“The First Book”

Happy New Year, dear readers! Today’s poet, former US Poet Laureate Rita Dove, is an avid reader who has loved books since she was a child. When she was twelve, she tried reading all of Shakespeare in one summer! But Dove understands that for others, even the idea of reading a book can be scary and that reading is not a universal source of joy. In “The First Book” Dove nudges us to step out of our comfort zone, open a book, and discover the magic of reading.

The First Book

Open it.

Go ahead, it won’t bite.
Well … maybe a little.

More a nip, like. A tingle.
It’s pleasurable, really.

You see, it keeps on opening.
You may fall in.

Sure, it’s hard to get started;
remember learning to use

knife and fork? Dig in:
you’ll never reach bottom.

It’s not like it’s the end of the world–
just the world as you think

you know it.

Rita Dove

You can listen to Rita Dove read “The First Book” in this brief interview with Bill Moyers:

What will the first book of 2021 be for you?

What was your favorite book of 2020? My favorite novel was The Vanishing Half by Brit Bennett. The best book of poetry/essays for me in 2020 was The Book of Delights by Ross Gay. Share your favorites in the comments section below, so we can check them out, too.

Sources:

“The First Book” by Rita Dove from Thomas and Beulah, 1986. Copyrighted material used for educational purposes.

Image: Pacificintegral.com

“There is no Frigate like a Book
To take us Lands away”

Emily Dickinson

14 Comments

  1. Pardon me [?] for being religious but my favourite poet is R. S. Thomas, a Church of England priest and much devoted to being Welch. There is a small selection of his work Etched by Silence: A Pilgrimage Through the Poetry of R. S Thomas, compiled by Jim Cotter. London, Canterbury Press, 2011. Available from Amazon in one of those wonderful “Print on Demand” copies.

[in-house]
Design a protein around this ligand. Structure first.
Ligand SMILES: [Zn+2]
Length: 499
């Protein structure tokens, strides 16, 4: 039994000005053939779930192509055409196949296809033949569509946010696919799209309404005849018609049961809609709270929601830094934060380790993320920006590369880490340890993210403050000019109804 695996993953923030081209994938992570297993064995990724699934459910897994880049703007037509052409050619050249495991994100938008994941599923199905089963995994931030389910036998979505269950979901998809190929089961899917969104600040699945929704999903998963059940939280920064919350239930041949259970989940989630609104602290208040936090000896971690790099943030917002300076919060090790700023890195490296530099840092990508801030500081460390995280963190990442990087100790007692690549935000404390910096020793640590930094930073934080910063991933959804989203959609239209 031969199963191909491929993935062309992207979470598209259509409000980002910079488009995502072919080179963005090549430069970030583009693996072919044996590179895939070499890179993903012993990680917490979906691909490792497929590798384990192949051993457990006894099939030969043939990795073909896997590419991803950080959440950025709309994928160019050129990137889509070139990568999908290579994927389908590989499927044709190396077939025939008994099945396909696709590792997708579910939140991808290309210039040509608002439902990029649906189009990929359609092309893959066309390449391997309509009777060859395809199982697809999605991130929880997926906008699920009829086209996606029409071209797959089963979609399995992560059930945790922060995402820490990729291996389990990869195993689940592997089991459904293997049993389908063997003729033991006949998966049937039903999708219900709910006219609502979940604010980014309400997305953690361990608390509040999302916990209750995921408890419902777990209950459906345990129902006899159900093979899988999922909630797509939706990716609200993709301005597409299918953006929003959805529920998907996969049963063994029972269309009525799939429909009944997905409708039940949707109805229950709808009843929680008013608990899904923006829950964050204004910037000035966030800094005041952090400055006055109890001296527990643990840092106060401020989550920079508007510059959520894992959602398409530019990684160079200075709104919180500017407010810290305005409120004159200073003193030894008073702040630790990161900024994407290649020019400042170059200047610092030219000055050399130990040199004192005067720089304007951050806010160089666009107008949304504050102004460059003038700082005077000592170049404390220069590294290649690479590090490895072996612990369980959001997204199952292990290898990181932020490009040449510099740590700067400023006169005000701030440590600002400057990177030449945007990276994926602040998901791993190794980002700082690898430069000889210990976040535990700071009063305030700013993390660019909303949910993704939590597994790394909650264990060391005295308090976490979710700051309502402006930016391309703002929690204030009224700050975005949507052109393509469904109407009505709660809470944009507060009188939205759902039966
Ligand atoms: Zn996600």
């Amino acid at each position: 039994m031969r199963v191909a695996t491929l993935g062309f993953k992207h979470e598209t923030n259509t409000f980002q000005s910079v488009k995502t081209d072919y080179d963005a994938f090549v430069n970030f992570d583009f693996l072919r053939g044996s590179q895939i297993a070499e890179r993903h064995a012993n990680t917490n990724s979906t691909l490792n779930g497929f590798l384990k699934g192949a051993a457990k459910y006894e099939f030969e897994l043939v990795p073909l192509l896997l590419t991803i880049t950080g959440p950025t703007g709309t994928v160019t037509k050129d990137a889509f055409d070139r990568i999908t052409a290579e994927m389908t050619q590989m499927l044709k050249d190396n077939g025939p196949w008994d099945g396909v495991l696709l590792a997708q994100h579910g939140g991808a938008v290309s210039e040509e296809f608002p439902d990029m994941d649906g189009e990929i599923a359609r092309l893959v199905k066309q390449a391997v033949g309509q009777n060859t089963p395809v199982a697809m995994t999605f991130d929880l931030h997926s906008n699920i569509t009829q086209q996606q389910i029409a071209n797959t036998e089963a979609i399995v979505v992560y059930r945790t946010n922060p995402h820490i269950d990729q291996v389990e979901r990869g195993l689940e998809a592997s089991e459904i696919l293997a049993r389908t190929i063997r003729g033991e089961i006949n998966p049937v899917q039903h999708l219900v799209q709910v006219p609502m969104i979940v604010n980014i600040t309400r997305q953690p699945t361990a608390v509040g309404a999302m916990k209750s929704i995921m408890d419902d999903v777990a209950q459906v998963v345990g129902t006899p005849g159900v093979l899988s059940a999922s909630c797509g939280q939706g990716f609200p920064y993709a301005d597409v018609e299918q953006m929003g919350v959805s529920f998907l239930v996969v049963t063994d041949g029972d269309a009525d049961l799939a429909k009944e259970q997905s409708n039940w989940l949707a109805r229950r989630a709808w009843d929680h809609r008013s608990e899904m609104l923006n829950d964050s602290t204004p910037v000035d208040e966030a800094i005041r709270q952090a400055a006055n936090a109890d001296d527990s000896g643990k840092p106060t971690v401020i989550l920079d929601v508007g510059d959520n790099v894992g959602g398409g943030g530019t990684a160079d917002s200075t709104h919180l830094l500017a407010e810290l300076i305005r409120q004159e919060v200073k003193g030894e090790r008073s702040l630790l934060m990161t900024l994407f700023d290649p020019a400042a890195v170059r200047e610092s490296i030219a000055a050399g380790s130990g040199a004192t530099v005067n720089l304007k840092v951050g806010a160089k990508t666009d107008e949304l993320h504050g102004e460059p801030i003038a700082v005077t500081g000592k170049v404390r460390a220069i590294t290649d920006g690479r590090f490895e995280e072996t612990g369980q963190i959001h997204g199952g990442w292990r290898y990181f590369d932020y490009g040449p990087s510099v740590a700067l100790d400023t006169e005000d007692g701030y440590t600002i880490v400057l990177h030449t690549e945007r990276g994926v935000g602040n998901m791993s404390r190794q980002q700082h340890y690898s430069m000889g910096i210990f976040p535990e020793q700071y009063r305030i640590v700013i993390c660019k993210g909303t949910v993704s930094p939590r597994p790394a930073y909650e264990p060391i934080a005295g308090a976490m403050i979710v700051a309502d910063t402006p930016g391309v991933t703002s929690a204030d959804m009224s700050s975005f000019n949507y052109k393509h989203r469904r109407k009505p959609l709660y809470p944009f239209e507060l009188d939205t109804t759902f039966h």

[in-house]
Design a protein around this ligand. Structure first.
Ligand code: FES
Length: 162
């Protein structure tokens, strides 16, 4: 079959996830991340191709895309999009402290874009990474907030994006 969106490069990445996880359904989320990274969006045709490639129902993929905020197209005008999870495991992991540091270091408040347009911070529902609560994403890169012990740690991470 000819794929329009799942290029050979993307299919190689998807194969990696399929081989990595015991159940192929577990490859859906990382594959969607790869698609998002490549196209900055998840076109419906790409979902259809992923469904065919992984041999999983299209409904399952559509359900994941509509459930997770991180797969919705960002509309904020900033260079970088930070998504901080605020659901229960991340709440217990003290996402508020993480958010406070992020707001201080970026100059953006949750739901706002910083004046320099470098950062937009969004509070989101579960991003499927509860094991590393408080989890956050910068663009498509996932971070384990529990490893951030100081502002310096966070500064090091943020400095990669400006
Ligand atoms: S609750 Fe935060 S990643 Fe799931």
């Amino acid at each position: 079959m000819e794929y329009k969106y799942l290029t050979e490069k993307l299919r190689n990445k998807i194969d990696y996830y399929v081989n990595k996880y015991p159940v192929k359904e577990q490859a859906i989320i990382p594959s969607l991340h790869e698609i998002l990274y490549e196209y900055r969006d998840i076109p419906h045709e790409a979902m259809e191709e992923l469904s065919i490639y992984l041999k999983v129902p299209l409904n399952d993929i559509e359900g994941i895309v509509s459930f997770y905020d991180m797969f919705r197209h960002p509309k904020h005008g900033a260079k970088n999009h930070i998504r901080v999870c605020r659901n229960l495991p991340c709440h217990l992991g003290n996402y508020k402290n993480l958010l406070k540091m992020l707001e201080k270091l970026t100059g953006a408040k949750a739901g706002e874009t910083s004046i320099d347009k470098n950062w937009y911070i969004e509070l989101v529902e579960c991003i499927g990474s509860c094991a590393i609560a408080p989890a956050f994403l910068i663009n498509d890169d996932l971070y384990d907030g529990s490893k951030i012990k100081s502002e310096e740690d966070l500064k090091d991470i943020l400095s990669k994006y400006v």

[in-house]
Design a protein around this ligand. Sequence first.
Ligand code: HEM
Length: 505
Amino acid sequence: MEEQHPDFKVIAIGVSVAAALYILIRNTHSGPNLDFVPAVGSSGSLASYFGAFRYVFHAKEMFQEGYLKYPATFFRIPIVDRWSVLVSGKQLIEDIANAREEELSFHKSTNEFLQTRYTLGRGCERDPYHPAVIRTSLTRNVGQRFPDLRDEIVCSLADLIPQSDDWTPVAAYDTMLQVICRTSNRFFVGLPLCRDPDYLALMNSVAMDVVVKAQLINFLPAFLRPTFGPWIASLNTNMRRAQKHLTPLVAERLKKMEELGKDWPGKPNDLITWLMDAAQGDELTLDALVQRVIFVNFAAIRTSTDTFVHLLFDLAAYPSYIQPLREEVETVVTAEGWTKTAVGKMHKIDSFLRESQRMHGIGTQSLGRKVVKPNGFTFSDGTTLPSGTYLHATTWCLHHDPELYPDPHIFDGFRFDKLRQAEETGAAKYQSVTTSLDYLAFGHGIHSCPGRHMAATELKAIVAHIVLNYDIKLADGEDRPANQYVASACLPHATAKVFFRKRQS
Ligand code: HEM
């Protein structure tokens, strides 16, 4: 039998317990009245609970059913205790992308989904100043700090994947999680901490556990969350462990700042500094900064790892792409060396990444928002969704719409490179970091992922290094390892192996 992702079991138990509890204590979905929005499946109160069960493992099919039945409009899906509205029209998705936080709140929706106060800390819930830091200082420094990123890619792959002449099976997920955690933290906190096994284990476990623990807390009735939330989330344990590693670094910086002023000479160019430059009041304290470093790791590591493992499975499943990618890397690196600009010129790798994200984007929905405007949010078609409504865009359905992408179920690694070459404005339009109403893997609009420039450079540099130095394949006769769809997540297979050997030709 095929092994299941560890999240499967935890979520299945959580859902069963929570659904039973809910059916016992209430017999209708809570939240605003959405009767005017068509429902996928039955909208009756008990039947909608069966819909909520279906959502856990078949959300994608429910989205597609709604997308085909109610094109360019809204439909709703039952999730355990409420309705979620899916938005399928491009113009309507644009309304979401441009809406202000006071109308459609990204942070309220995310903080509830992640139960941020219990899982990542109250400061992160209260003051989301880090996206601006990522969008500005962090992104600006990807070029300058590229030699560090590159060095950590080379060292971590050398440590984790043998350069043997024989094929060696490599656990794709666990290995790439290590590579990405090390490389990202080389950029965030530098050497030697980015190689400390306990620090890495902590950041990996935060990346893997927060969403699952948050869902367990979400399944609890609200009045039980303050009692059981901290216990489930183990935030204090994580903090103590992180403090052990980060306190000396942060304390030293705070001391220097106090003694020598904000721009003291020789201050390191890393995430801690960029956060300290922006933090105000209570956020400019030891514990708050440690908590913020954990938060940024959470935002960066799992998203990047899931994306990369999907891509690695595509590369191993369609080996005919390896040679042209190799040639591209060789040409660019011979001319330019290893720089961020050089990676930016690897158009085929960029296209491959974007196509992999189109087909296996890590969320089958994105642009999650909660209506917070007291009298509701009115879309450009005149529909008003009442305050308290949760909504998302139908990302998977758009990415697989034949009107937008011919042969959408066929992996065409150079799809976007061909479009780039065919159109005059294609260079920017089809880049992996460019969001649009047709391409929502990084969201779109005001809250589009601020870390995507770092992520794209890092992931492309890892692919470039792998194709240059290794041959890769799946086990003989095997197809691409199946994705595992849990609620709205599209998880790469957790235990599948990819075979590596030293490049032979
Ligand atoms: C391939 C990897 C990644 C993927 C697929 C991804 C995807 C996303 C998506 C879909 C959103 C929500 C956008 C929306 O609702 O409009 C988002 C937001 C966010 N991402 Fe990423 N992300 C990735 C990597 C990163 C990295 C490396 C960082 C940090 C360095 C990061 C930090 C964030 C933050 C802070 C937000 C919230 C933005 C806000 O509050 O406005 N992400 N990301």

“But the silence in the mind / is when we live best, within / listening distance of the silence / we call God. ….”

    Liked by 2 people

    1. Thanks for the pointer to this poet and his collection of works. I’m forever grateful to readers and group members for introducing me to new material. And this is beautiful: “But the silence in the mind / is when we live best, within / listening distance of the silence / we call God. ….” Thank you, Woody. 🙂

      Liked by 1 person

  2. My favorite recent read is Code Name Madeleine: A Sufi Spy in Nazi-Occupied Paris by Arthur J. Magida.
    Noor Inayat Khan was the daughter of Hazrat Inayat Khan a mystic and “Founder of the Sufi Order in the West.” Raised in France, she fled to the UK at the beginning of WWII and volunteered for the British Special Operations Executive [to be spy] and trundled around Paris with a 50 pound short-wave portable radio, sending messages and organizing underground contacts. Significant aid for the D-Day landings by her work resulting significant delay of German armour and artillery units getting to Normandy. Caught and executed shortly before the war ended.
    I am always interested in her father {“May I not be drowned in the sea of mortal life”}. Noor was raised in luxury and well educated yet gave up an easy life to serve and sacrifice her life with courage and grace. A poem of love in the face of horror.

    Liked by 1 person